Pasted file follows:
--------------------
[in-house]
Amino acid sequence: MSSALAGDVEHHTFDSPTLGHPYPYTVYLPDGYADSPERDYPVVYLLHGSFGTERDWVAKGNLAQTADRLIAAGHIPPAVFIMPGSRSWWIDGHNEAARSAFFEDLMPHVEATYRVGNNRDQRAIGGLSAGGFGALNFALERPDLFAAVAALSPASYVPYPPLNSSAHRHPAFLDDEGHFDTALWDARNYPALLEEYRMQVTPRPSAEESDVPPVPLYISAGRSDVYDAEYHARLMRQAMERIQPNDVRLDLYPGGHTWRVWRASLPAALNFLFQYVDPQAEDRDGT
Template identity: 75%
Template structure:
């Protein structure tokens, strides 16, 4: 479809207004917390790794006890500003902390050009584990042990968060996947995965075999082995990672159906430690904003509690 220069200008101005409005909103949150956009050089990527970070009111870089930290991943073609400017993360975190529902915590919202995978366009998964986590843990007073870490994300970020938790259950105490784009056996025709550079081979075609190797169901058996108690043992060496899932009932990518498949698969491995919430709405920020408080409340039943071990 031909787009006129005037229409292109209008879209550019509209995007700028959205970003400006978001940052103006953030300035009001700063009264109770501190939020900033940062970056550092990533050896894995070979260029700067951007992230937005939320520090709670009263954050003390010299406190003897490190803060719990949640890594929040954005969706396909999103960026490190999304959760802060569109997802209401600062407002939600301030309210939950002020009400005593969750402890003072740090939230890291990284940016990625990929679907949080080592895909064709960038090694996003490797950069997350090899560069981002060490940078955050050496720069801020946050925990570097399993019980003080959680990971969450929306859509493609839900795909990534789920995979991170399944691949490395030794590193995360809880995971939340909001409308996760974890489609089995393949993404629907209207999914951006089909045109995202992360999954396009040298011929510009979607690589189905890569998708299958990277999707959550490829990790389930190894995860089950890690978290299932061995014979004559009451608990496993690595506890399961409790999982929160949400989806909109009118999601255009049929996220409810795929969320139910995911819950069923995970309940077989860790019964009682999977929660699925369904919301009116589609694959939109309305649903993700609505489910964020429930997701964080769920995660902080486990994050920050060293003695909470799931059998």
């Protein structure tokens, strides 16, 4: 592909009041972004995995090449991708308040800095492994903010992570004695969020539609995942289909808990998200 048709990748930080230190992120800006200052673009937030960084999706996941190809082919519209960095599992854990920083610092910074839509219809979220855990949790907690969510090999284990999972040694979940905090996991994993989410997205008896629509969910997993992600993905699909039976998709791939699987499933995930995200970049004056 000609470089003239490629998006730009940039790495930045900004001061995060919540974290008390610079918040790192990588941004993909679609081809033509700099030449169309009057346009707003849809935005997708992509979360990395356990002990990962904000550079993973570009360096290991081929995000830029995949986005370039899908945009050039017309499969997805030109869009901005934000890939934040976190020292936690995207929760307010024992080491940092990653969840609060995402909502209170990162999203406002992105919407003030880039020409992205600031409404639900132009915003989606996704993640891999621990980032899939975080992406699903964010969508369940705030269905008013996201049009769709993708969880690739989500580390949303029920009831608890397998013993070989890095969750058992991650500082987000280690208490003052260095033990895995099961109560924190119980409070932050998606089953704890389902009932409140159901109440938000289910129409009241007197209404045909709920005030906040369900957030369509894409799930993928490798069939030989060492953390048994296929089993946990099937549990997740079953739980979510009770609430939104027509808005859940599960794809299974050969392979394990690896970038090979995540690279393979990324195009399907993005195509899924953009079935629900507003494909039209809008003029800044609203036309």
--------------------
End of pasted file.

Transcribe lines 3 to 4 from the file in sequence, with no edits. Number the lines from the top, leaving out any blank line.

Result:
Template identity: 75%
Template structure: